[ISEA2016] Artists Talk: Cynthia Beth Rubin & Susanne Menden-Deuer — Antarctica Underwater: Art & Science

Artists Statement


We present an overview of the interactions of Oceanographers with an artist who wandered into their midst five years ago, focusing on the current project from Antarctica. Concerns of climate change drive this work for both artist and scientist. How do we create intuitive empathy for the largely unseen and unnoticed life that makes possible our life on this planet?

Antarctica: Scientists on a Mission
The video Antarctica Underwater is largely constructed from incidental footage collected in icy cold Antarctic waters, hundreds of meters below the surface, as a seal bumped into an underwater camera and a serene jellyfish floated by, as did a ctenophore. The scientists knew that what they filmed was interesting, but the footage was short, flat, and dull in raw form. The five to ten second vignettes were like phrases waiting to be put into a coherent sentence, not yet carrying full weight.

Relative Realism
Woven into the video are the barely visible shrimp-like krill, that serve as food for seals, penguins and whales, and the microscopic plankton that produces half of the oxygen in our environment, and thus essential to human survival on Earth. We quickly agreed it is impossible to convey the sense of the variety of microscopic and tiny life in the ocean next to large animals while maintaining relative scale, and thus creating the sensations of teaming interdependent life won out over scientific realism.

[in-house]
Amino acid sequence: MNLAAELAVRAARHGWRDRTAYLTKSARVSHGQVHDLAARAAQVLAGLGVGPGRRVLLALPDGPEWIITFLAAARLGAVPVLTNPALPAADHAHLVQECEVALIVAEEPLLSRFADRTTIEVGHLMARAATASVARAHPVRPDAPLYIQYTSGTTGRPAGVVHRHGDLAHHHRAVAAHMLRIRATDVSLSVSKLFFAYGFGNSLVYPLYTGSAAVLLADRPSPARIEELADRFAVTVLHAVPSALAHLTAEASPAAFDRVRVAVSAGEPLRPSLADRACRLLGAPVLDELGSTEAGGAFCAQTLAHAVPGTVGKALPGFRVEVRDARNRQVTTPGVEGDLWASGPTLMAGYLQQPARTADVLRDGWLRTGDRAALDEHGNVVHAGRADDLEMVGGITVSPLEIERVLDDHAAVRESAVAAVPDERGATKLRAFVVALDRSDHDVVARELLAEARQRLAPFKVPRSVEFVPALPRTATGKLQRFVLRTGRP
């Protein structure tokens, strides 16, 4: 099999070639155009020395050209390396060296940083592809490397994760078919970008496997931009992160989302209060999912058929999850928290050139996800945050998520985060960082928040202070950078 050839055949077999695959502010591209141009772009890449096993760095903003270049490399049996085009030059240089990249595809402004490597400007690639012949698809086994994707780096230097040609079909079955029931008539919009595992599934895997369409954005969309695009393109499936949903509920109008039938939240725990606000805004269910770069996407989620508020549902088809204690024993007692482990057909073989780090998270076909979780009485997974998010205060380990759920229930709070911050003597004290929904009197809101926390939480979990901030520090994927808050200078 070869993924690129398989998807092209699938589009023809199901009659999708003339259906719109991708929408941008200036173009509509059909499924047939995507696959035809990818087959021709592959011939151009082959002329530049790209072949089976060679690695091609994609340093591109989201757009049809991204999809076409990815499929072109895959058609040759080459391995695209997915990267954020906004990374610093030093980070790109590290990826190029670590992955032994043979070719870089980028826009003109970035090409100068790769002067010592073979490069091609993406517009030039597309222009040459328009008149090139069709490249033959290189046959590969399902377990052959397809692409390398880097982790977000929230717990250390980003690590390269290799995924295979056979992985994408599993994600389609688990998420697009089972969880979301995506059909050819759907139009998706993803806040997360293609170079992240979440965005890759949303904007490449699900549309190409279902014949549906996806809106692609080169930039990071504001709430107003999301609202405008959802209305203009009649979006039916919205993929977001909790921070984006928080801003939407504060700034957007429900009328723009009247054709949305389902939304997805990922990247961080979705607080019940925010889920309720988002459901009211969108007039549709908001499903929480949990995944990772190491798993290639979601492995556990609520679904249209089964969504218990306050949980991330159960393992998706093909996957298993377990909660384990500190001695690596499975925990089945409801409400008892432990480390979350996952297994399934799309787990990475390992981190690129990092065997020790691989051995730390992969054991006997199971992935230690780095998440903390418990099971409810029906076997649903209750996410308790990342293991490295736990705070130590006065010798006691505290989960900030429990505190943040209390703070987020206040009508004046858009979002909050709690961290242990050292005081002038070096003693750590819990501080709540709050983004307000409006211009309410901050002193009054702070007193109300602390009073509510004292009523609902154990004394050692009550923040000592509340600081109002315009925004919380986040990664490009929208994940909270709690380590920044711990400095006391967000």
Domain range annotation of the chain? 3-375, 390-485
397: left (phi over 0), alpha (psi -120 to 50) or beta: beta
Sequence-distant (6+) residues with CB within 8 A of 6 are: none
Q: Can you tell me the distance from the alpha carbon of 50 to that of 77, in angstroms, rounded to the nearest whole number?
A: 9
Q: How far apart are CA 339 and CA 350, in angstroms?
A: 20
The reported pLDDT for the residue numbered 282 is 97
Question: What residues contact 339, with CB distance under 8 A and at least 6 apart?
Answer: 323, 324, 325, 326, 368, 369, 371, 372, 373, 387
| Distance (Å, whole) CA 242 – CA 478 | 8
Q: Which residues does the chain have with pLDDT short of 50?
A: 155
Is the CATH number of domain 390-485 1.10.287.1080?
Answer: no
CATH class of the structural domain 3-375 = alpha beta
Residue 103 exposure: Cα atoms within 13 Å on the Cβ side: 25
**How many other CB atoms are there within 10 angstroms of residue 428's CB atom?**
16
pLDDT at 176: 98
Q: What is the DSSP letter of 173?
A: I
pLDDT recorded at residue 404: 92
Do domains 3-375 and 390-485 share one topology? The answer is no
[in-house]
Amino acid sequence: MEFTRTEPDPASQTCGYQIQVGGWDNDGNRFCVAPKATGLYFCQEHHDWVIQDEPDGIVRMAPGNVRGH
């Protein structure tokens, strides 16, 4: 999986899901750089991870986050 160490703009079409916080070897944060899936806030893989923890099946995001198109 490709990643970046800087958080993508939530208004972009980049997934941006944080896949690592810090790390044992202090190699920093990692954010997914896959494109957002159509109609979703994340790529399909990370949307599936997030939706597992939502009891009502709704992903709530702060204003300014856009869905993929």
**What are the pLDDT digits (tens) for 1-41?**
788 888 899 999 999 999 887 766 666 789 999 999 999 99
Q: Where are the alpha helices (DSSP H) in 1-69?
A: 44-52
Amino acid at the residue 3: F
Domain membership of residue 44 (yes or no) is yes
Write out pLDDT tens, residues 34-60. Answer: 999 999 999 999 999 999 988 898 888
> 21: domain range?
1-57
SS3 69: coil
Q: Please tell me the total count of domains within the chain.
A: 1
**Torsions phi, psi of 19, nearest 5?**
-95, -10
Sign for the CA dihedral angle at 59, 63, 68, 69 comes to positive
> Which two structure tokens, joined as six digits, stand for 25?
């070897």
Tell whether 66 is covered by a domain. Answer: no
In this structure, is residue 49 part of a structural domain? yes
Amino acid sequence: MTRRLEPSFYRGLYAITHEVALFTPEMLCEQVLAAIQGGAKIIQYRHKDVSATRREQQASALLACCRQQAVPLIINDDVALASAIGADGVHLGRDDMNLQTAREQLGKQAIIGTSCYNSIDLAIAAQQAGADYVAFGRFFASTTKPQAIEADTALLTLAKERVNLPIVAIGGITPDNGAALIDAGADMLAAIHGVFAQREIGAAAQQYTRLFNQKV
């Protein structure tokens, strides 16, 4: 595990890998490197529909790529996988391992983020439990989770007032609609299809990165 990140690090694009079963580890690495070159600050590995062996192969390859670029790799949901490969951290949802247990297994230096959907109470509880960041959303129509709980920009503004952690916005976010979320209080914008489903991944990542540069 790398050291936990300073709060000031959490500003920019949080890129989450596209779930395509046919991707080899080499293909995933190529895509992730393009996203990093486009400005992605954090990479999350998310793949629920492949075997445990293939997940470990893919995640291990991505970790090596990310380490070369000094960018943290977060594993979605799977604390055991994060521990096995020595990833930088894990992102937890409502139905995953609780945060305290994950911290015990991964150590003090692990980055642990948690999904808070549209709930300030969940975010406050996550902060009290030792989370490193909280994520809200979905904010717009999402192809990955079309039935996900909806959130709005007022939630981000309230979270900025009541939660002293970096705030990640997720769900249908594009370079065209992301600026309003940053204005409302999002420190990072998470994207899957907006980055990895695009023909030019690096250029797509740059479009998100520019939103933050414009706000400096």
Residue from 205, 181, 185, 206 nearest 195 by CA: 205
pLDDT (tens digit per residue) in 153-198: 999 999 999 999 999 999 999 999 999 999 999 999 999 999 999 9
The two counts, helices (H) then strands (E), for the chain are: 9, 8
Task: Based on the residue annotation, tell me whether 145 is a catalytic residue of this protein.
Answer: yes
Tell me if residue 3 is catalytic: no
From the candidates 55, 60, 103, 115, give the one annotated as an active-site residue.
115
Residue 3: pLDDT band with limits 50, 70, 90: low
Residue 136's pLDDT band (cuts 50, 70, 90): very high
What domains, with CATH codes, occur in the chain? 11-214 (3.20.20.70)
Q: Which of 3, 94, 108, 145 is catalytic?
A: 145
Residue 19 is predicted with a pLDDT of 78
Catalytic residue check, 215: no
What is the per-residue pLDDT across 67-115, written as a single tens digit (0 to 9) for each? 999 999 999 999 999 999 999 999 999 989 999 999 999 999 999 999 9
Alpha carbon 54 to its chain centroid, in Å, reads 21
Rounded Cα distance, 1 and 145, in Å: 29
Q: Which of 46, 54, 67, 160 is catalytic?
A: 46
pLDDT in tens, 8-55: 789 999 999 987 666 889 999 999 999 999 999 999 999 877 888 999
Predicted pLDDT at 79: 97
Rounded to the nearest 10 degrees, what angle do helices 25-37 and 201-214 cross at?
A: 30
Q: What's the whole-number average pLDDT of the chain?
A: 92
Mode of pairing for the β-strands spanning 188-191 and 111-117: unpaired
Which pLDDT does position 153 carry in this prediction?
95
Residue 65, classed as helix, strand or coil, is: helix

Technical Challenges
Working with video collected for other purposes meant green-screening an ice-fish, sharply contrasting light and dark, and slowing down a diving seal. Above all else, it also meant using a software spotlight to digitally relight the raw footage, to both eliminate the straight edges of the video rectangle, and to make visible the seal, jellyfish, and krill that happened to swim out of the range of the physical real spotlight. It was a long adventure to become familiar with this harsh environment, and the work continues. In the next phase, this will be a video in color. It may lead to an Augmented Reality work, and/or still images. The impetus of working for ISEA 2016 Open Sky forced limitations that brought out a new familiarity with the raw source material. It became clay to be molded into sensations of the underwater life that must be preserved for the survival of life.

See related projects: cbrubin.net/hudson-waters.html cbrubin.net/plankton-portraits.html

  • Susanne Menden-Deuer, Graduate School of Oceanography, University of Rhode Island, USA
  • Cynthia Beth Rubin, USA, Independent artist and artist in residence, Menden-Deuer lab

Raw footage was collected by Mary Kane, Susanne Menden- Deuer, and members of the Roman lab at URI, using a camera system developed by Chris Roman, under a grant from the National Science Foundation Office of Polar Programs, Award #1142107. Earth Footage: NOAA Science On a Sphere. Thanks also to Sean Anderson, François Morrison and Amanda Montalbano, and to the Nature Lab at the Rhode Island School of Design, which provided microscopic equipment through the EPSCoR grant EPS-1004057.